Defeat by US still hurts, says England old boy Williams
Bert Williams is England's oldest surviving World Cup player, at 90
Bert Williams was the England keeper the day his country suffered arguably their biggest World Cup shock against the United States in 1950.
And the old Wolves legend hopes that, 60 years on, England's current crop might right that wrong against the US in Rustenburg on Saturday night.
"When I heard the draw it resurrected memories I'd tried to forget," he said.
"It will never go away," said Bilston-born Williams, now 90 and England's oldest surviving World Cup player.
"It hurts because of the stigma that goes with the result. Everybody thought they had no chance to win," he told BBC Radio Shropshire.
Joe Gaetjens was the Americans' matchwinner that day in Belo Horizonte
"But you've got to give the Americans some credit for what they did.
"As soon as an English player picked up the ball, everyone in the American side retreated into their goal mouth. You couldn't see the goals for legs."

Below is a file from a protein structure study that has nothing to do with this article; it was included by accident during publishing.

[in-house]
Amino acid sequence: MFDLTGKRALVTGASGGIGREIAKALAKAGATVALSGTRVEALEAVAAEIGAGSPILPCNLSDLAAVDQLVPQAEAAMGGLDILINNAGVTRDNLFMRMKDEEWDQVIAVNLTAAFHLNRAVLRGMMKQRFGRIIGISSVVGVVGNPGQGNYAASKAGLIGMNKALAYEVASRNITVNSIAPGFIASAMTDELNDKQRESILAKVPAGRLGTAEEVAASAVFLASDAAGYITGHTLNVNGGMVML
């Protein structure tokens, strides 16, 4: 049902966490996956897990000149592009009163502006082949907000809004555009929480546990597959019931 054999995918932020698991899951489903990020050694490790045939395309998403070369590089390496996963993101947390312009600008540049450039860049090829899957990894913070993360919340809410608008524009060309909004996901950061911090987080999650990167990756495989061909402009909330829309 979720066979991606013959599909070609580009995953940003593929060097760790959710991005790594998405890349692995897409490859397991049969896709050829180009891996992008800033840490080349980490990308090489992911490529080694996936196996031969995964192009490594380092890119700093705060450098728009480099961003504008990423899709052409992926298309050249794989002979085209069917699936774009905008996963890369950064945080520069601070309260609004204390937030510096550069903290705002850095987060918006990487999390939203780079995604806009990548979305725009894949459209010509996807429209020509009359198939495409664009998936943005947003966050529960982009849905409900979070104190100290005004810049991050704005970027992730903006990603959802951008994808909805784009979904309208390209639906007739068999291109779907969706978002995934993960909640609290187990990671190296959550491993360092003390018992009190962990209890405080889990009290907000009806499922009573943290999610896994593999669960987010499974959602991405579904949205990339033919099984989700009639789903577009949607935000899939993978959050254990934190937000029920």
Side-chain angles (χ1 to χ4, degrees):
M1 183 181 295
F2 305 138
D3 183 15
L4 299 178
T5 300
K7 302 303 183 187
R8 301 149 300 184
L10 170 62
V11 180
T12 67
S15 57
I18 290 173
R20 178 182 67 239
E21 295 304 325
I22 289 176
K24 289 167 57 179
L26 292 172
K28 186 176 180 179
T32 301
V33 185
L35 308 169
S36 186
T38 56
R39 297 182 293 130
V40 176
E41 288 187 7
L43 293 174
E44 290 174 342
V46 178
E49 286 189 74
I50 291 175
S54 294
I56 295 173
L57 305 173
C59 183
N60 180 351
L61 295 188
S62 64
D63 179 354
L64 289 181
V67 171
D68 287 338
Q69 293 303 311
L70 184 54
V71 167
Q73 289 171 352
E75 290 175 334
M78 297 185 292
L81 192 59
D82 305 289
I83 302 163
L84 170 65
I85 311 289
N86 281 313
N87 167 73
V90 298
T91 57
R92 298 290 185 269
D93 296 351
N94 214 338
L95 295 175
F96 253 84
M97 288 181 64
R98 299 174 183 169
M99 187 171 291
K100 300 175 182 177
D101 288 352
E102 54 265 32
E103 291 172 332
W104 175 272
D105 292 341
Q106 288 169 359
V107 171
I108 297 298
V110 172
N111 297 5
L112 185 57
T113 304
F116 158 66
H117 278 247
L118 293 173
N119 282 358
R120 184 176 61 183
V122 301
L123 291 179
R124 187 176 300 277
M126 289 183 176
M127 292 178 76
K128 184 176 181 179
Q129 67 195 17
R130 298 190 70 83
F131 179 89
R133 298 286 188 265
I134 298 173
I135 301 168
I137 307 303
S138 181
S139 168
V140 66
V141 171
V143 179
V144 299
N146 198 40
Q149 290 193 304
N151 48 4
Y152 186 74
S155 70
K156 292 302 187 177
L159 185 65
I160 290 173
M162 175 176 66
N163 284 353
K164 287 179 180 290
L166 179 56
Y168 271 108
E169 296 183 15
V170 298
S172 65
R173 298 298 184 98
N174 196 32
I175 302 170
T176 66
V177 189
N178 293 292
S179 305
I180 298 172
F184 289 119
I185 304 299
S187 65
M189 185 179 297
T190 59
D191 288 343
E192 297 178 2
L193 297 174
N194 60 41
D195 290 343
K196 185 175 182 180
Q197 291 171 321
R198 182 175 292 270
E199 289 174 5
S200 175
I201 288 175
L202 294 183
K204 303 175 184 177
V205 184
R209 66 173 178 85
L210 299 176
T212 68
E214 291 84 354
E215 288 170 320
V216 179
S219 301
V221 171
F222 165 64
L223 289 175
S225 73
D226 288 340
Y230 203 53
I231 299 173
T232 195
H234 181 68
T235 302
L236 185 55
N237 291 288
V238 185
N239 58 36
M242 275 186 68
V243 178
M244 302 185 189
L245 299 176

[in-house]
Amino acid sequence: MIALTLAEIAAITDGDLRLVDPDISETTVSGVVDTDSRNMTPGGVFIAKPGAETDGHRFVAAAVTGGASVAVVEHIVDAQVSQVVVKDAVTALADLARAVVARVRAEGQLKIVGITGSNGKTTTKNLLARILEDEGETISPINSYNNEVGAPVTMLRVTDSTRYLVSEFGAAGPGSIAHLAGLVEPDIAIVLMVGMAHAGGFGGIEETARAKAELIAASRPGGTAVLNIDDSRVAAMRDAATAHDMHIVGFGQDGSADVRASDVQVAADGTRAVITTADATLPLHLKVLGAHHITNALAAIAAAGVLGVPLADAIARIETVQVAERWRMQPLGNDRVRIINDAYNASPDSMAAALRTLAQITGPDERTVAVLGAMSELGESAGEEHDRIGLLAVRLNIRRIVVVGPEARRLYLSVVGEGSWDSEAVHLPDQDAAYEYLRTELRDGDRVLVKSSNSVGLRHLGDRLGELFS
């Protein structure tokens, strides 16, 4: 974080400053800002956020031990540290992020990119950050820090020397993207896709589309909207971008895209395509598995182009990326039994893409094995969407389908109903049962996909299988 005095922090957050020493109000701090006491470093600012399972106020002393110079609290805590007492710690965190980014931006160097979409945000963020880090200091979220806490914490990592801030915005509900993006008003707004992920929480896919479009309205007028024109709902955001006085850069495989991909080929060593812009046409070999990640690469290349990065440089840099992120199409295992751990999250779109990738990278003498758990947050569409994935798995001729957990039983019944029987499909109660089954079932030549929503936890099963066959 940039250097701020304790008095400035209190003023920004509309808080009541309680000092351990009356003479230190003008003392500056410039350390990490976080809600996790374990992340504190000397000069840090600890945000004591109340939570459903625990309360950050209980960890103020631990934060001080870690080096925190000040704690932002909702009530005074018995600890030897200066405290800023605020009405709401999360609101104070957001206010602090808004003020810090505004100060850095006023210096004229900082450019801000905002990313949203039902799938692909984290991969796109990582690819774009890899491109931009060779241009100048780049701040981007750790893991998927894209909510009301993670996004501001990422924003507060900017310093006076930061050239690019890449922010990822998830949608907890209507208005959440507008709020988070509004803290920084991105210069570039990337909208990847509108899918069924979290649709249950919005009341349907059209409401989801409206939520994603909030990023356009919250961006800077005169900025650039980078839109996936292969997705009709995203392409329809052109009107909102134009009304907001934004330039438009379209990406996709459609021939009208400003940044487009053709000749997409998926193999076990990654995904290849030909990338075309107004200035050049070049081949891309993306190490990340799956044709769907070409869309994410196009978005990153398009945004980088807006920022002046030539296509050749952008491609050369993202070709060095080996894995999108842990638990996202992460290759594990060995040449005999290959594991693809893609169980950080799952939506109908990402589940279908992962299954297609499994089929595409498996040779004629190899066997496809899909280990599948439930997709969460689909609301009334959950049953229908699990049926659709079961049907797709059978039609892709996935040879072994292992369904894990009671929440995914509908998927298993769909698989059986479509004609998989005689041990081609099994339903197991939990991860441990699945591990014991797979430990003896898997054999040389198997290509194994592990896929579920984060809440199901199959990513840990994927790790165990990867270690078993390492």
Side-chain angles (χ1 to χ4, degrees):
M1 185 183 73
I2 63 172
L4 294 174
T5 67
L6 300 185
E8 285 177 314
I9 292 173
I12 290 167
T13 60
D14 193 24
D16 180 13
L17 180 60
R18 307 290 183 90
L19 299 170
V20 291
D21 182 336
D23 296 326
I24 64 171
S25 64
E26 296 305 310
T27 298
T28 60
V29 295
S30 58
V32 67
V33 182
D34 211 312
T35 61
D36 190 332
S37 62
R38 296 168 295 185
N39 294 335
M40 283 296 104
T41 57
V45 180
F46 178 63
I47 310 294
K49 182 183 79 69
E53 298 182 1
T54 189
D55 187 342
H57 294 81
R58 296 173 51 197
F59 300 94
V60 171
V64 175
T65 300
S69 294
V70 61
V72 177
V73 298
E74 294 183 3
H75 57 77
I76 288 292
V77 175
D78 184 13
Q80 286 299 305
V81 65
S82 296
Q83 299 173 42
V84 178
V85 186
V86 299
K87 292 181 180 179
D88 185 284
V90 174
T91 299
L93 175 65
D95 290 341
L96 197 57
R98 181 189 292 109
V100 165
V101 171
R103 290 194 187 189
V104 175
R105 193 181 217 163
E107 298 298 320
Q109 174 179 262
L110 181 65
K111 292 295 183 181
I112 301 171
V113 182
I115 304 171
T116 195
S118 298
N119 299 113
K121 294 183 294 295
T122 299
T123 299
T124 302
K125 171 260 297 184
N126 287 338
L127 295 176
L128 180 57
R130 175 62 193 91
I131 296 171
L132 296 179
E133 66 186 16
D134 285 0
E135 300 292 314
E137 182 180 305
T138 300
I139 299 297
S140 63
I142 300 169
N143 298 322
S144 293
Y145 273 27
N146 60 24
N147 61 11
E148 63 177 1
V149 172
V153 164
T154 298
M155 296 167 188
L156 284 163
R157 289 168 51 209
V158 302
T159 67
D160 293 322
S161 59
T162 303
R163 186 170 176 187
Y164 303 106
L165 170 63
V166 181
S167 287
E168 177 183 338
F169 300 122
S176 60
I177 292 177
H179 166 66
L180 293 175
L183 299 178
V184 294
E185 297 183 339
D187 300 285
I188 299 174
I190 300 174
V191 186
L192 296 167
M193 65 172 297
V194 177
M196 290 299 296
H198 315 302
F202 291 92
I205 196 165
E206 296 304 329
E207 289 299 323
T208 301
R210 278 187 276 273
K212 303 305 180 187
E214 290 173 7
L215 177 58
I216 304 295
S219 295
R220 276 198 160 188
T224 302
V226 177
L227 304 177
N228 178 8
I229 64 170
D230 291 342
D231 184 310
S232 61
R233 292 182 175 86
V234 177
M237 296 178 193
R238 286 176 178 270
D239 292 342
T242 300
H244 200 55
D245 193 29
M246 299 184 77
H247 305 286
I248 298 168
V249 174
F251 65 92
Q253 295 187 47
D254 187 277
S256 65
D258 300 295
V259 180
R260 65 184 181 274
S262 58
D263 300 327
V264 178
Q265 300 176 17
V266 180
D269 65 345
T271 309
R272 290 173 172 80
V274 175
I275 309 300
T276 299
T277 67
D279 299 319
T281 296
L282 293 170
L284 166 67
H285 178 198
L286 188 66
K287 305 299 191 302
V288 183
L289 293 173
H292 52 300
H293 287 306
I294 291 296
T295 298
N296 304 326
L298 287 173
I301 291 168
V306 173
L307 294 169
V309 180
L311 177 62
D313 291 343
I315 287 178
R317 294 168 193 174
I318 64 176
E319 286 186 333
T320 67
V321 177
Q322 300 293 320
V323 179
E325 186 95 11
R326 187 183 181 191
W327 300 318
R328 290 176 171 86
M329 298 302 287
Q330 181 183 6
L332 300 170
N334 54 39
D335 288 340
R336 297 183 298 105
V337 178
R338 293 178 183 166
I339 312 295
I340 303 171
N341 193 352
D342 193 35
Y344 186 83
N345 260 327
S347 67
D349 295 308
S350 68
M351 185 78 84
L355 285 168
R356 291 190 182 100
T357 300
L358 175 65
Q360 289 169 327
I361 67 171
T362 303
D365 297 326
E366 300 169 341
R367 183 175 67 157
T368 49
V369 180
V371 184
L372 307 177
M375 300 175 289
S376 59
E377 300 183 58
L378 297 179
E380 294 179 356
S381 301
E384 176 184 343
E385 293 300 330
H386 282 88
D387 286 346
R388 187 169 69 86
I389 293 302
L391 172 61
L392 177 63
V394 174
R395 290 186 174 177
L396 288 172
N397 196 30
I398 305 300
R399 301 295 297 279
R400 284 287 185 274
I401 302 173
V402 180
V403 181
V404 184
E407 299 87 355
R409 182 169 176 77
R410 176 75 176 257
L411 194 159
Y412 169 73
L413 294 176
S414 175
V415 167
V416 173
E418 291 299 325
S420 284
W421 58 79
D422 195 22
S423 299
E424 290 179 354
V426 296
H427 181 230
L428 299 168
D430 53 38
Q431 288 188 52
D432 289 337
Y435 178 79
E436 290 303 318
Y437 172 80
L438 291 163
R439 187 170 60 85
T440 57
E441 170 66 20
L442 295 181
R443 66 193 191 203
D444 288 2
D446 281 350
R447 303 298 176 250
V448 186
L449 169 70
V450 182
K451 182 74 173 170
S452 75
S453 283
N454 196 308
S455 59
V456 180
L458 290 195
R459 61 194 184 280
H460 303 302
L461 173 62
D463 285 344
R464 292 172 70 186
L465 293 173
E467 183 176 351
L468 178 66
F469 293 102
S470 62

Joe Gaetjens scored the winner that day in June 1950 in the Brazilian backwater of Belo Horizonte.
And 24-times capped Williams, long since enjoying his retirement in the Shropshire market town of Shifnal, hopes history will be kinder to one of England's current goalkeeping contenders, Joe Hart, should he get the nod this weekend.
Three-times capped Hart was born in Shropshire, starting his career with his hometown club before making his name with Manchester City and then last season, perhaps even more so, on loan at Birmingham City.
"We've both followed the same pattern and background," added Williams, who first came to Shropshire during the war when he was based at RAF Cosford. "It must be the air here."
Hart, 23, could yet play in England's opener against the US, having started Monday's final warm-up match against the Platinum Stars.
Bert Williams spent 14 seasons with his local club Wolverhampton Wanderers
England won 3-0, prompting speculation Hart may play ahead of veteran David James and West Ham's Robert Green - and he gets Williams' vote.
"I haven't seen a great deal of him," admitted Williams. "I don't go to matches much now but I've seen him on TV.
"He's agile and he's alert. Never mind his age, I would play him.
"If he does get in he won't let England down.
"I would say to him, go out there and think you're as good as any other player on the field."
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